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Title: Studies towards an enhanced understanding of electron beams and their diagnostics
Author: Devlin, L. J.
ISNI:       0000 0004 6058 7157
Awarding Body: University of Liverpool
Current Institution: University of Liverpool
Date of Award: 2016
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A large part of current research and innovation capacity depends on high quality electron beams. Electron accelerators are found in many applications from cancer therapy, cargo scanners, high energy particle colliders, synchrotron light sources to free electron lasers. Electron beams also offer exciting opportunities for developments at the cutting edge of science, for example on novel accelerating schemes which promise accelerating gradients several orders of magnitude higher than what can be realised with conventional radiofrequency accelerators. Whilst R&D into the optimisation of electron accelerators has been performed over many decades, further improvements are still required so their potential can be fully exploited. This includes studies into advanced instrumentation to yield more precise information about the beam itself, novel simulation tools that model the physics of emission and interaction processes, as well as improved beam generation and shaping schemes to enhance the achievable beam brightness. In the frame of this PhD work, different areas of electron beams and associated technologies have been studied whilst still pertaining to the same question: How can we better understand the generation, control and use of electron beams? The thesis is split into three main sections: After a general introduction to the subject, studies into electron emission and initial beam shaping are covered in chapter 2, before the results from investigations into novel beam loss detection techniques are presented in chapter 3. In any accelerator based light source, maintaining the beam quality is crucial. The electron source itself is a key element that determines the achievable beam quality. A variety of source materials are currently under test across many institutes to better understand emission characteristics and to identify the best materials and optimum preparation methods. Here, one experimental set-up at the Cockcroft Institute has been considered. The Transverse Energy Spread Spectrometer (TESS) apparatus uses electrostatic elements to measure both the transverse and longitudinal energy properties of electron beams generated from photocathodes. This then provides detailed information about the electron emission process and allows optimisation of beam generation schemes. To enhance the understanding of the experimental data, a dedicated particle tracking code has been developed which uses accurate maps obtained from simulation or experiment to represent all electromagnetic fields of the set-up. This code has then been used to study two different techniques to measure the longitudinal energy spread of electrons emitted from gallium arsenide. The first technique was to use a wire mesh as an energy filter which the electrons must pass through, the second was to generate a potential difference between the cathode source and detector system. Experimental results are presented for both techniques and the analysis is supplemented with simulations. Monte Carlo results are in good agreement with experimental data, however, through this analysis it is found that using the meshes as a wire filter may not be an efficient method of measuring the longitudinal energy distribution curve as a result of the potential distribution surrounding the wire meshes. The second method is sufficient to the task however the resolution of the technique may be affected by focusing effects around the meshes. Measurement and detection of beam loss is important for any accelerator as unwanted losses yield reduced beam transmission and cause higher background noise. It is crucial in high energy accelerators where unwanted loss particles could easily damage parts of the accelerator and the experiments. Currently used techniques, however, are often limited in their dynamic range, spatial and time resolution, radiation hardness and can be expensive. A detector based on optical fibres with photodetector readout has been studied as part of this work as a detector for a future electron-positron collider. It can cover large distances at the expense of many smaller localised detectors. The ultimate performance of this detector is strongly affected by the light sensor at the fibre end. This in turn limits the performance to locate beam loss intensity and position and hence ultimately limits the understanding of beam loses along an accelerator. To this end Silicon Photomultipliers have been studied as an advanced light sensor that shows great promise for beam loss applications. Preliminary models are compared to experimental data and it is shown that the detector performance in this application is limited by the finite number of pixels available to fire along with pixel recovery/dead time. Measurements carried out at the CLIC Test Facility at CERN using an optical fibre systems are presented and used to assess the system’s performance to specific beam structures. Several techniques are used to analyses signals recorded by multiple detectors however it is found that the layout of optical fibres, which could not be changed, limited full understanding, however, these results are the basis of later experiments which fully measure the effect of a fibre optic beam loss monitor to different beam structures and additional changes to the set-up, which may aid further tests, are covered.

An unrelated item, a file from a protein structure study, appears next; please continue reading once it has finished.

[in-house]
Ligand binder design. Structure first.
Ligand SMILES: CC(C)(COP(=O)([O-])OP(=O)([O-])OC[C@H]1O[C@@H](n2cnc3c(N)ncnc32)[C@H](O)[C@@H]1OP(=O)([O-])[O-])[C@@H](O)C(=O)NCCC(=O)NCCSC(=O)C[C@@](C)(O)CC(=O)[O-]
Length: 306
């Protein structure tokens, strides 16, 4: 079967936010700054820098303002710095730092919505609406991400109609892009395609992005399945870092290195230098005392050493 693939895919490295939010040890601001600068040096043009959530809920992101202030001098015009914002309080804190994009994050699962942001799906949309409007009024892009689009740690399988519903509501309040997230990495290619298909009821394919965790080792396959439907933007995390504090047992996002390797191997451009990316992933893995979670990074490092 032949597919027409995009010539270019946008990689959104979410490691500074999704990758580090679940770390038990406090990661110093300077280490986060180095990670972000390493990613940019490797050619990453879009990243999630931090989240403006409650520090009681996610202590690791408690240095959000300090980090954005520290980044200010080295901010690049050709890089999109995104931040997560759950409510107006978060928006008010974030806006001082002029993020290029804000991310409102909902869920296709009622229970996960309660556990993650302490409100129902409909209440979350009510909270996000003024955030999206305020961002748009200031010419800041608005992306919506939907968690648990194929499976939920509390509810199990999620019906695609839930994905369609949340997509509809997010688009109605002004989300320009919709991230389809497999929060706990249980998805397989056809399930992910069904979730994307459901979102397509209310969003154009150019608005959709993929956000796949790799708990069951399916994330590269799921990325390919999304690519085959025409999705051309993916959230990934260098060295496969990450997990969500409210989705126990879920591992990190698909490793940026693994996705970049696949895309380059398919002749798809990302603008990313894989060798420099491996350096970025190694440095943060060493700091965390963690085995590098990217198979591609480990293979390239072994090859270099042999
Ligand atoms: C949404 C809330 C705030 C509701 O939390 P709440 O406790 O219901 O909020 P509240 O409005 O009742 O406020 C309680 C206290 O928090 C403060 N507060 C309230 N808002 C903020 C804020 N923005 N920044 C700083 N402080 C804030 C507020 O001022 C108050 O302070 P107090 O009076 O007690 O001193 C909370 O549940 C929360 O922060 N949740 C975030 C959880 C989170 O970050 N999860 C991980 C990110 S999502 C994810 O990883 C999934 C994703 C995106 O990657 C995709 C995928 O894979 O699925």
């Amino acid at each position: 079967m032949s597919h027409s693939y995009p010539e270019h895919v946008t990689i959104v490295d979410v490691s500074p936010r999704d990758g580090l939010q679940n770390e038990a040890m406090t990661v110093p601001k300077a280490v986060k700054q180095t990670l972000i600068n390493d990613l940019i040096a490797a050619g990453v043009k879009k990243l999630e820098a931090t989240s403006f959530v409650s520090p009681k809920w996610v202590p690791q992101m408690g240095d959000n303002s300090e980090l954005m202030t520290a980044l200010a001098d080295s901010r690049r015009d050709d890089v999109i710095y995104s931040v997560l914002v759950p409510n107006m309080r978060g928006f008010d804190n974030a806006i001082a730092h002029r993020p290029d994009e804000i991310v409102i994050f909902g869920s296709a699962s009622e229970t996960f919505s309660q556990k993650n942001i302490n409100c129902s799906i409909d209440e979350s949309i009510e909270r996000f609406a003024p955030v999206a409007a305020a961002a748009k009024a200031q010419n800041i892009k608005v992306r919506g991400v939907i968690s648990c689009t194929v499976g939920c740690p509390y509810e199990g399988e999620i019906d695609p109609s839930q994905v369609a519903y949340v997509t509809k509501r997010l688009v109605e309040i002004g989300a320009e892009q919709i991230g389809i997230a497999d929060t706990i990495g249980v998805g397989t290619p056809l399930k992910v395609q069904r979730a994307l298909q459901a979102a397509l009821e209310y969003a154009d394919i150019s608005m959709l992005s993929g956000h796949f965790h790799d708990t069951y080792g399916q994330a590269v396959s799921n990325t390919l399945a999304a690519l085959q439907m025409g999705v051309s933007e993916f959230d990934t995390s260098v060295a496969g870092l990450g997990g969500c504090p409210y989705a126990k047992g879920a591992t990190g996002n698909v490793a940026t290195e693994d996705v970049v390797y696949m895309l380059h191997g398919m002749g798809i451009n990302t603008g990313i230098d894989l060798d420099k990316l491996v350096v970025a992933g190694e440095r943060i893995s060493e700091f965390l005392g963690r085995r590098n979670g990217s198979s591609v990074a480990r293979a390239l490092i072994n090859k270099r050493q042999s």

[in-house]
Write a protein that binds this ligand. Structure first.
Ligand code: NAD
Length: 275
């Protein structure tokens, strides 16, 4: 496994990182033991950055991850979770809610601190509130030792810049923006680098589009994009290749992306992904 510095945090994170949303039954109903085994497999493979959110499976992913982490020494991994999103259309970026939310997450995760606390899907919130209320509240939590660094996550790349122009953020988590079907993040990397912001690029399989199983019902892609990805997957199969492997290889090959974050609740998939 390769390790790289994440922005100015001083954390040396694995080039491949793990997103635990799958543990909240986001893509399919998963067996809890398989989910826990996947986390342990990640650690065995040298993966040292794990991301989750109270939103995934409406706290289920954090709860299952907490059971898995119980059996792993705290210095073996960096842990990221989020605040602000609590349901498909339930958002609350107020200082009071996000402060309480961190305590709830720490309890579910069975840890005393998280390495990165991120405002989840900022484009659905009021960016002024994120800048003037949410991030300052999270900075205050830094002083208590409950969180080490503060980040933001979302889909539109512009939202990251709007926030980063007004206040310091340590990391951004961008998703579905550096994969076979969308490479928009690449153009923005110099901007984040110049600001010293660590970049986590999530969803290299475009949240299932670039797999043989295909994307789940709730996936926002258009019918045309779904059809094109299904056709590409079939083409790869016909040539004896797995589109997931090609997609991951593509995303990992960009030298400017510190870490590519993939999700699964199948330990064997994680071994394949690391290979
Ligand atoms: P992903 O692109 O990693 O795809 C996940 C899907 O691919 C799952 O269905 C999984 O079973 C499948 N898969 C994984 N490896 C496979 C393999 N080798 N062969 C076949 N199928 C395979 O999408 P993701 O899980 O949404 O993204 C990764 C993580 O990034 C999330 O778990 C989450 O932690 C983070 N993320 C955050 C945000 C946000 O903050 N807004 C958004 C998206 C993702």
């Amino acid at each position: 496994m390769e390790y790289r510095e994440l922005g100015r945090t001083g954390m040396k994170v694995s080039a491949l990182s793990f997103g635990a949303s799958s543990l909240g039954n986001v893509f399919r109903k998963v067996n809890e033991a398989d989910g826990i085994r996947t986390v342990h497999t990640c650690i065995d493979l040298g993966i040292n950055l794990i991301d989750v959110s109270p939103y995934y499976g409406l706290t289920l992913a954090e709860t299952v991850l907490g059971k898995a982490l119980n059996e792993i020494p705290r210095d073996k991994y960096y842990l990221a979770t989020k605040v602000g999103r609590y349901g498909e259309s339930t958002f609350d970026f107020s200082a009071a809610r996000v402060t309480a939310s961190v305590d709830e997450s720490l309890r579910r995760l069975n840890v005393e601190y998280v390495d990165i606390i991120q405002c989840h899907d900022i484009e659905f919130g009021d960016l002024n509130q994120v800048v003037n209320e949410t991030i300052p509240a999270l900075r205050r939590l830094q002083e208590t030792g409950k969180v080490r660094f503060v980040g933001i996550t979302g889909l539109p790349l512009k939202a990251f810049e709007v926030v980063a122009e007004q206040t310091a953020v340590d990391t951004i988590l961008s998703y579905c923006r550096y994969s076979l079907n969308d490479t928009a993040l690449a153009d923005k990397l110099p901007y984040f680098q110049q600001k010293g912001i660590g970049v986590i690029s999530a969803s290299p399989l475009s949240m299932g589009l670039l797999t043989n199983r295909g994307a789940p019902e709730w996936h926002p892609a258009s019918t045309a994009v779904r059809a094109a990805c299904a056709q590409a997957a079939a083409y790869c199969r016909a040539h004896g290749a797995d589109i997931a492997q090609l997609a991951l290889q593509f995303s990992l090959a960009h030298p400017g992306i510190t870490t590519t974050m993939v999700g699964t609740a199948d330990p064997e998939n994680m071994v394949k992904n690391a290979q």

Supervisor: Welsch, C. P. Sponsor: Not available
Qualification Name: Thesis (Ph.D.) Qualification Level: Doctoral